McFall quits Atom for banking ethics job

 
Tim Wallace
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Lord McFall is one of a raft of high profile appointees to join the Standards Board
INFLUENTIAL peer and former MP John McFall has quit his role as a director of Atom Bank after just six months in the job.

He is moving to become deputy chairman of the new Banking Stand­ards Board (BSB), which would create a conflict of interest if he remained in his non-executive role at the challenger bank.

“Regrettably for us, he cannot participate on the board of a bank and fulfil the responsibilities of this role which he views as the logical culmination of his work to improve banking standards during a distinguished parliamentary career,” Atom’s chief executive Mark Mullen told City A.M. yesterday.

“His replacement on the Atom board will be ann­ounced shortly.”

The BSB hopes to agree common standards be­tween banks, improving the integrity of ban­k­ers and in time improving the treatment of customers and reducing the number of scandals.

McFall will be joined by a range of high profile figures, from BSB chair Dame Colette Bowe to Citizens Advice Bureau chief executive Gillian Guy and former union boss Bren­dan Barber. A group of lenders will also work with the board, made up of representatives from Citi, HSBC, Morgan Stanley, Metro Bank, as well as Nationwide.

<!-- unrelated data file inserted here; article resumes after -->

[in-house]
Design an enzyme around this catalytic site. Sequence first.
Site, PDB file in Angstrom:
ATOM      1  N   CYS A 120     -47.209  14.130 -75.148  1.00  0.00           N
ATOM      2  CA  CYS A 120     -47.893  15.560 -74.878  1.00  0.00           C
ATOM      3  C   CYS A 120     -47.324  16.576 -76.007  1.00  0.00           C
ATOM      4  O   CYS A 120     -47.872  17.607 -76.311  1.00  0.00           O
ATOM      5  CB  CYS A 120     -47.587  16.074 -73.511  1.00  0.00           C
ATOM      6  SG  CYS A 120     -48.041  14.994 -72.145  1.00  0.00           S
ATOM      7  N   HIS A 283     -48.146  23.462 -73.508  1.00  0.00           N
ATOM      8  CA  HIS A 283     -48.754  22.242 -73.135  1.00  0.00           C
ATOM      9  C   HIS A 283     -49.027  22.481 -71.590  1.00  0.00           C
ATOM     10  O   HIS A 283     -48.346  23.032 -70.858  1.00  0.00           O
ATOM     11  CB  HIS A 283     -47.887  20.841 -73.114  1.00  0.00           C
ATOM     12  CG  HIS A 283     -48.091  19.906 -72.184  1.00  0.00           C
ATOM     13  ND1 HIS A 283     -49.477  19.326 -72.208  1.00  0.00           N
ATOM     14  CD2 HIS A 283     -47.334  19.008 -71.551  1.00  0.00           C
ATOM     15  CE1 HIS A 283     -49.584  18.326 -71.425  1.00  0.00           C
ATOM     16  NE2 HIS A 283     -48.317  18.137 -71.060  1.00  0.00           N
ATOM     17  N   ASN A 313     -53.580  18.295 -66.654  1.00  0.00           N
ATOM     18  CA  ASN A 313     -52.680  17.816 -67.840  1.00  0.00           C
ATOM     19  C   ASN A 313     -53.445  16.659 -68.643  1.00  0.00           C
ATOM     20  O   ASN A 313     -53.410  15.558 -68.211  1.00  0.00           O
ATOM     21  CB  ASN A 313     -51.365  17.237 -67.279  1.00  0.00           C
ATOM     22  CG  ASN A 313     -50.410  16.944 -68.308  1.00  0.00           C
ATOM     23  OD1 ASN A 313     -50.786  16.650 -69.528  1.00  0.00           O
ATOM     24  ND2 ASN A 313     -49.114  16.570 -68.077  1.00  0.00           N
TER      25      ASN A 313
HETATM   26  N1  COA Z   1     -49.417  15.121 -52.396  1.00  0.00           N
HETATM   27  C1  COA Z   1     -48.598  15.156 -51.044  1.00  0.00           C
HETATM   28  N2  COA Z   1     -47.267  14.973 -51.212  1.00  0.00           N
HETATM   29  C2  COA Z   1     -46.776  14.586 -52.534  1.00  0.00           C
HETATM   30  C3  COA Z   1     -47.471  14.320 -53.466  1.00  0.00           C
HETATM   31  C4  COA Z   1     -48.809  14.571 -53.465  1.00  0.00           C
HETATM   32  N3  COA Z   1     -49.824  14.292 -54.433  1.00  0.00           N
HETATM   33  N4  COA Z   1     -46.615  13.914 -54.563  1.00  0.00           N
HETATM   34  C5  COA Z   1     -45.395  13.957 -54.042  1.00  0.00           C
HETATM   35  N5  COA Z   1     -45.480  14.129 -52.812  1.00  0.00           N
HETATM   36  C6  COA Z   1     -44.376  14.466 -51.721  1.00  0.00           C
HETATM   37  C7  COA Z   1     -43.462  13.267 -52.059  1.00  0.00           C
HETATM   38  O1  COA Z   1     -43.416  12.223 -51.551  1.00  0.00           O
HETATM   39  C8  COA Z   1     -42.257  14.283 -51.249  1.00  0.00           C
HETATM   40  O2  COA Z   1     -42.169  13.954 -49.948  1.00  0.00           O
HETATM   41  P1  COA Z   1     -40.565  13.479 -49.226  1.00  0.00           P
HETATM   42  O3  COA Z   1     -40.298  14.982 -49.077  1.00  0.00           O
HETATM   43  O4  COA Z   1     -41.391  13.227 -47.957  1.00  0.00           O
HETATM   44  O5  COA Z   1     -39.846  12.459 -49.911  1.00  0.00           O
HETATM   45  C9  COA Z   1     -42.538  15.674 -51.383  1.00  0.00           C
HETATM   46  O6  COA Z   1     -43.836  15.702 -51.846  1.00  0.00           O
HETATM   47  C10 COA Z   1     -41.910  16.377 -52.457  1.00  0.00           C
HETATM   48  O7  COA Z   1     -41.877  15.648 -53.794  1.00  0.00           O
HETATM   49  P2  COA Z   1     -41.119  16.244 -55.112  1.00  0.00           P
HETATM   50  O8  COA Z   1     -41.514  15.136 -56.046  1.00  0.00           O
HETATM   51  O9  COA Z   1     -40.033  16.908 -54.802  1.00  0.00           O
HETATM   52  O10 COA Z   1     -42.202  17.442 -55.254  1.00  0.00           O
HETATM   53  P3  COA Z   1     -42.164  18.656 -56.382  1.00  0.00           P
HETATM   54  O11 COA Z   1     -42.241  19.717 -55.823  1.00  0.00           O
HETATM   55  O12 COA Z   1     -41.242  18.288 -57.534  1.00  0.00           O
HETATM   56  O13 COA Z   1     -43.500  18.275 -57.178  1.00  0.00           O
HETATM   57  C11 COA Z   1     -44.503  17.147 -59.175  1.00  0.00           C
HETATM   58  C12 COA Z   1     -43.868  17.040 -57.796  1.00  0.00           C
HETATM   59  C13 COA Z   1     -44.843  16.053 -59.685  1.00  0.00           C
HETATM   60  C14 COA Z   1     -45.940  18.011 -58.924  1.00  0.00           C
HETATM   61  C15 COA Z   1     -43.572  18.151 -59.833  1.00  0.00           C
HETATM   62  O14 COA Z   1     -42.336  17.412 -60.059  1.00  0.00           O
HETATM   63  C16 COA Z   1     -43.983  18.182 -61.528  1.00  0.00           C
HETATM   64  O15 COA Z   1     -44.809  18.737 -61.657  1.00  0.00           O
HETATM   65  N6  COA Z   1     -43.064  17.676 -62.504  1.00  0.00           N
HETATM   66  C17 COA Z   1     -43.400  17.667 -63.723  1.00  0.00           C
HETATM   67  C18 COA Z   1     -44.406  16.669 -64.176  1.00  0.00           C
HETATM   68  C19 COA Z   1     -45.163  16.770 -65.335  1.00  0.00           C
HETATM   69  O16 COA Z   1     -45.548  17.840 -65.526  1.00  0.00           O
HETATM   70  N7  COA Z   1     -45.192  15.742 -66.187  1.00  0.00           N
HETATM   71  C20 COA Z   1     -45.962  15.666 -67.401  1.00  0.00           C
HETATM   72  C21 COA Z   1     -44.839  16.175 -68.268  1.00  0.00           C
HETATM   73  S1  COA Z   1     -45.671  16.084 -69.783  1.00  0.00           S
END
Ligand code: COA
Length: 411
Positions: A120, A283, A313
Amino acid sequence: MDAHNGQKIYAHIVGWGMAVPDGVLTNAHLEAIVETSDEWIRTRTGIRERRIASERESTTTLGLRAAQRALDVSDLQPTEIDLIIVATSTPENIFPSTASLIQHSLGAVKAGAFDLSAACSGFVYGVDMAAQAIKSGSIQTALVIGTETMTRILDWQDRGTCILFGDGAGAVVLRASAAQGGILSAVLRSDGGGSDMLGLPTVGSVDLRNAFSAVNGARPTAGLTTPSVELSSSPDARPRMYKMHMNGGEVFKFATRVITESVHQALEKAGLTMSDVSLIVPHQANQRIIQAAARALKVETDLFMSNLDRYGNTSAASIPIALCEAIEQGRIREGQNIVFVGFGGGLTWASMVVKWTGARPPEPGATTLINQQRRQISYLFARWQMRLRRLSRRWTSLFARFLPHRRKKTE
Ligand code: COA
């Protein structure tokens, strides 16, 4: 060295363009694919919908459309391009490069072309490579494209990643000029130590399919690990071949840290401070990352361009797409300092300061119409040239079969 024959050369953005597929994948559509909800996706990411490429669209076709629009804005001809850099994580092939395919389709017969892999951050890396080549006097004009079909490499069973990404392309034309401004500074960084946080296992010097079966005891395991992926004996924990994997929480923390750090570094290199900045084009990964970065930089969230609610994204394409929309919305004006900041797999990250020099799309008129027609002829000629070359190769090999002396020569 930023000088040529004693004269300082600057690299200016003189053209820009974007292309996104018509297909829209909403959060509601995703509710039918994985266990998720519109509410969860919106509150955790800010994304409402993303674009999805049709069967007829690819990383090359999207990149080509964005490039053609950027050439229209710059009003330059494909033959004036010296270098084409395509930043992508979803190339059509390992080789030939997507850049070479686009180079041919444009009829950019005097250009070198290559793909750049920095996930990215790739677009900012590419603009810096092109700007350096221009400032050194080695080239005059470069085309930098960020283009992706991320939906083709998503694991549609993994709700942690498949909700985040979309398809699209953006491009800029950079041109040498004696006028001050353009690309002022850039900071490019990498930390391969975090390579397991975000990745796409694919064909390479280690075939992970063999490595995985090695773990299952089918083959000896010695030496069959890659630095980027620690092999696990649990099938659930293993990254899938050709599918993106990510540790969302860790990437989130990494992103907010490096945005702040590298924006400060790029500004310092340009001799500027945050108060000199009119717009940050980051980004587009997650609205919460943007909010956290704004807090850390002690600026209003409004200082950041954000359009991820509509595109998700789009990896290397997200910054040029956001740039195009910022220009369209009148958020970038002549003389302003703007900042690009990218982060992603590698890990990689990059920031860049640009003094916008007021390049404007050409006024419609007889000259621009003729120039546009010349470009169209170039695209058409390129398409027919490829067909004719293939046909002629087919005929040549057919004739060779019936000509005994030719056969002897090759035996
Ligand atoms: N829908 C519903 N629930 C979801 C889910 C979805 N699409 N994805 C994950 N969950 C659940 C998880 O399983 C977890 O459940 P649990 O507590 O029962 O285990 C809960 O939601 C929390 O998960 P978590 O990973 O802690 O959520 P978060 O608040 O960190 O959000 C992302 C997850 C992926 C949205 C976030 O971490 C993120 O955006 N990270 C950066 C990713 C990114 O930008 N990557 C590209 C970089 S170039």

Lord McFall came to prominence when he was a Labour MP, first as a minister and then as chairman of the Treasury Select Committee.

Since becoming a peer, he has also served on the Parliamentary Commis­sion on Banking Standards.

McFall’s position at Atom helped to give the lender a boost as it applied for its licence because any new bank has to show the authorities that it has a competent and experienced senior management team in place to run the institution properly.

The challenger was founded by former Metro Bank boss Anthony Thom­son and ex-First Direct chief Mullen.

The board still includes names such as ex-Bank of England official Patricia Jackson and economist Bridget Rosewell.

The Durham-based bank hopes to gain its licence later this year, and launch a predominantly online and mobile app-based service as a modern competitor to traditional lenders.

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